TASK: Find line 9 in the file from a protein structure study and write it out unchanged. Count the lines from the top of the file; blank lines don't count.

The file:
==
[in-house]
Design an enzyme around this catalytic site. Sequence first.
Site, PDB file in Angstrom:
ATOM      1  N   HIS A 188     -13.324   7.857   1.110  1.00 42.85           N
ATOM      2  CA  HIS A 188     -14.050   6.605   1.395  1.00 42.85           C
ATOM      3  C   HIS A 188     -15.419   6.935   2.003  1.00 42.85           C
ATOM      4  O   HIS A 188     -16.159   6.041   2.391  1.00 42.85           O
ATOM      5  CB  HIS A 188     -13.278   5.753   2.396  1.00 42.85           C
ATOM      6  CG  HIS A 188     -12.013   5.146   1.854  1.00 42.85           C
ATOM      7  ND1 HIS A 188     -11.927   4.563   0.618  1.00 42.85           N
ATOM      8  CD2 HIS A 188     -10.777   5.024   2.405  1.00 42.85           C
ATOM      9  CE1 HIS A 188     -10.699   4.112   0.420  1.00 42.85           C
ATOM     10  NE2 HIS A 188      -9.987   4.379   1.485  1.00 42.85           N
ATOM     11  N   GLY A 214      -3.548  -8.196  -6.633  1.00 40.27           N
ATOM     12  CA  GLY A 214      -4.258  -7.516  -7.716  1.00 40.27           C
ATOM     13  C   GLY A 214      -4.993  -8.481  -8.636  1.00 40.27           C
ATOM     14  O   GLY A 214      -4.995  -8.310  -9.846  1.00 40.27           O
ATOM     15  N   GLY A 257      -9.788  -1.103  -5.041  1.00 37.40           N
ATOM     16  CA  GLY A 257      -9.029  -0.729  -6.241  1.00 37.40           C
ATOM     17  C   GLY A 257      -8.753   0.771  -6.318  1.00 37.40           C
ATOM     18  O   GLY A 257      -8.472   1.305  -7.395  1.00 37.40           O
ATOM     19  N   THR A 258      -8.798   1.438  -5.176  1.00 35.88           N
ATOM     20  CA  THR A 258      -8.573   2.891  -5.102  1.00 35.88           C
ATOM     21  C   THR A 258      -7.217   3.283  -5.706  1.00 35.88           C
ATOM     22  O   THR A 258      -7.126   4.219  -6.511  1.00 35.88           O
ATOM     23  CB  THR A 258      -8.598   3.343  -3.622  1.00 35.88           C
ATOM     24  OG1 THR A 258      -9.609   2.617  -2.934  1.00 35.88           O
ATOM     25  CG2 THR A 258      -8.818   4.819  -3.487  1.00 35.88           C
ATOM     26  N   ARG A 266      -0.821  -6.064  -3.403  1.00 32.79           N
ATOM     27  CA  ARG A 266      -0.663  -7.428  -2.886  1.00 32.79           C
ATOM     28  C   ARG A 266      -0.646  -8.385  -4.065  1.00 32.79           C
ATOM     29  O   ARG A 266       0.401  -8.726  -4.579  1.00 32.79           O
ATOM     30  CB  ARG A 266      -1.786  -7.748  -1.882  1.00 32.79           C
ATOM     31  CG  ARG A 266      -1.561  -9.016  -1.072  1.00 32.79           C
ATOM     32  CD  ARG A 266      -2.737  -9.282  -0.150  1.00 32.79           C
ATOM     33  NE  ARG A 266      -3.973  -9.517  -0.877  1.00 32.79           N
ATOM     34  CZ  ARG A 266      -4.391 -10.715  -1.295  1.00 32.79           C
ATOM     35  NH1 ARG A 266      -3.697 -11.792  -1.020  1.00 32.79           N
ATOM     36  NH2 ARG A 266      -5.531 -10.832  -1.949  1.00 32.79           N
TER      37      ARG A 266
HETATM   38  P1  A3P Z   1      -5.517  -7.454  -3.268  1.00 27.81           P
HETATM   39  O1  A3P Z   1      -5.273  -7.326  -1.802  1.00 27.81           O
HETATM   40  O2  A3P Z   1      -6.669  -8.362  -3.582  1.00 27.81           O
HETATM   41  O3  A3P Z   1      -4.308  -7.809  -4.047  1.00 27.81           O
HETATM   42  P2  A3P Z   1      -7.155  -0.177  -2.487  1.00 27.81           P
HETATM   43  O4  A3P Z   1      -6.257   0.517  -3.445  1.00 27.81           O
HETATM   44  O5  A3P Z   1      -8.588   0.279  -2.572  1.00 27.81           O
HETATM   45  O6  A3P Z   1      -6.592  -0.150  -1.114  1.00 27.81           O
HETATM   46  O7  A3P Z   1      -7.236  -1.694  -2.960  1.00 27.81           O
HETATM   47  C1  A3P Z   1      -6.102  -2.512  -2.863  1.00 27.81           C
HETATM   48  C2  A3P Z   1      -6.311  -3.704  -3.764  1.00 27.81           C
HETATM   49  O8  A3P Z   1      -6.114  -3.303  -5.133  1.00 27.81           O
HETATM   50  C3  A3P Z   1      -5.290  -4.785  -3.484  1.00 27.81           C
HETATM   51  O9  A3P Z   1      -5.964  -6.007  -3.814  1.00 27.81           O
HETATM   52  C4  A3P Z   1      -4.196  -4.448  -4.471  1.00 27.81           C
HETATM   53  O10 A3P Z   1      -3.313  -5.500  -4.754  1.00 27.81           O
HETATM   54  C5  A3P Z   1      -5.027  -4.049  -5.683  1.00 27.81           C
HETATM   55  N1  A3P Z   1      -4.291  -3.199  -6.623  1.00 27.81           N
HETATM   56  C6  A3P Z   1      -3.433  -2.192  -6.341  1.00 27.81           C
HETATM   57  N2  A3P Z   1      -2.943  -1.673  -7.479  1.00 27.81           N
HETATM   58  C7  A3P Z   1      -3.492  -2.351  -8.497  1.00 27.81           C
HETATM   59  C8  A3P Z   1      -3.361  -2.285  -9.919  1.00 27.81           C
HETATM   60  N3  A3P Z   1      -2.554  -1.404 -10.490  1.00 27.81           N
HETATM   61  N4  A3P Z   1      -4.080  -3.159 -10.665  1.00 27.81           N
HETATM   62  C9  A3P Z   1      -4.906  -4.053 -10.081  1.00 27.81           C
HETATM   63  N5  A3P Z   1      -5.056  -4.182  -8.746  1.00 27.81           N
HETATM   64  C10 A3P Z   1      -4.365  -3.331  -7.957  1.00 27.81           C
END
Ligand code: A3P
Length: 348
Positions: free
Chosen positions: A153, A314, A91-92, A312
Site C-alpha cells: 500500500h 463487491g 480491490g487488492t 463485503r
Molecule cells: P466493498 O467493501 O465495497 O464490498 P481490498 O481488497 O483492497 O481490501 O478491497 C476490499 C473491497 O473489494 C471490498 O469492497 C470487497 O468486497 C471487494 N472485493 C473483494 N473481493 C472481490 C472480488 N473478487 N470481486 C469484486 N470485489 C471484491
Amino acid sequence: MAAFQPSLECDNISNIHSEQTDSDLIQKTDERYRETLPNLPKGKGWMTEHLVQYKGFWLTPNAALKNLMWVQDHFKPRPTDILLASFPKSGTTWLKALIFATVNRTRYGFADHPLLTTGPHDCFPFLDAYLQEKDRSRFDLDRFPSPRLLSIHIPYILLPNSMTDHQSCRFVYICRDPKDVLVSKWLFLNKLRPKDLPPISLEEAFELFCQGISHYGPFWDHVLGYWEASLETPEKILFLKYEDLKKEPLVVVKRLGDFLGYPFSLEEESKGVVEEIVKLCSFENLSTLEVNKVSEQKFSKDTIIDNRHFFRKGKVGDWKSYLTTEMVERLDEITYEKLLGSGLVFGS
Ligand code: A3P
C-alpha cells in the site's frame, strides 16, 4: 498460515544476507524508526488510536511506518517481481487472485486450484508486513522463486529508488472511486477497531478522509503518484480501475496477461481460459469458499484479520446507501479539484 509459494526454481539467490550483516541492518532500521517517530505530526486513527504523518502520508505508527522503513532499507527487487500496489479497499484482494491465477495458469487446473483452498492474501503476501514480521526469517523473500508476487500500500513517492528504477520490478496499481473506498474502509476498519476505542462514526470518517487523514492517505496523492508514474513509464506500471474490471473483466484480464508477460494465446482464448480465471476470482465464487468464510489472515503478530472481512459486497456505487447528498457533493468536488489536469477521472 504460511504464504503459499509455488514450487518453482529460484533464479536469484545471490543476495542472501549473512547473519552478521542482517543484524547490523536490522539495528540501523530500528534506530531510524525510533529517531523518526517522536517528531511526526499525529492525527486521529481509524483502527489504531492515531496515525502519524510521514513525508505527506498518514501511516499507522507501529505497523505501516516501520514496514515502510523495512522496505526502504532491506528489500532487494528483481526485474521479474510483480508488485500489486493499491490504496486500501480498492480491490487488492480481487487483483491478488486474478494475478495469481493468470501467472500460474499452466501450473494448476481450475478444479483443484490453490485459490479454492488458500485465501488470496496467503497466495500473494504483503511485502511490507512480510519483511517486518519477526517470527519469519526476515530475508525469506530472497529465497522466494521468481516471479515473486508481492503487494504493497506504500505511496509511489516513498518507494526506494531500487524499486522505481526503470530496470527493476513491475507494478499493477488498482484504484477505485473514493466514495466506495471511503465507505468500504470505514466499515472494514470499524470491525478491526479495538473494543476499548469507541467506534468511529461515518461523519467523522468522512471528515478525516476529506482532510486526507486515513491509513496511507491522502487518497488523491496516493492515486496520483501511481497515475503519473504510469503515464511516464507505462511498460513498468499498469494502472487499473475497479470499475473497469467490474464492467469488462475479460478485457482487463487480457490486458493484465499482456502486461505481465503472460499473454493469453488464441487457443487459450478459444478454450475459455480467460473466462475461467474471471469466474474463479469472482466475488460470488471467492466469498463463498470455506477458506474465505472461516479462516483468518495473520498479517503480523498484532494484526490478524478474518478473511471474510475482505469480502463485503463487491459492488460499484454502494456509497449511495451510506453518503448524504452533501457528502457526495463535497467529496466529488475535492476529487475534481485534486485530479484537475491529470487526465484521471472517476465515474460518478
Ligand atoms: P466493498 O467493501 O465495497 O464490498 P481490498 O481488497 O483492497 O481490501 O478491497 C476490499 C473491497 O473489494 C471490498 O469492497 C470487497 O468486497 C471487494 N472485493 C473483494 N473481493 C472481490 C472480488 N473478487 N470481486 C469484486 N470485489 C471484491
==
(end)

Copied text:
ATOM      6  CG  HIS A 188     -12.013   5.146   1.854  1.00 42.85           C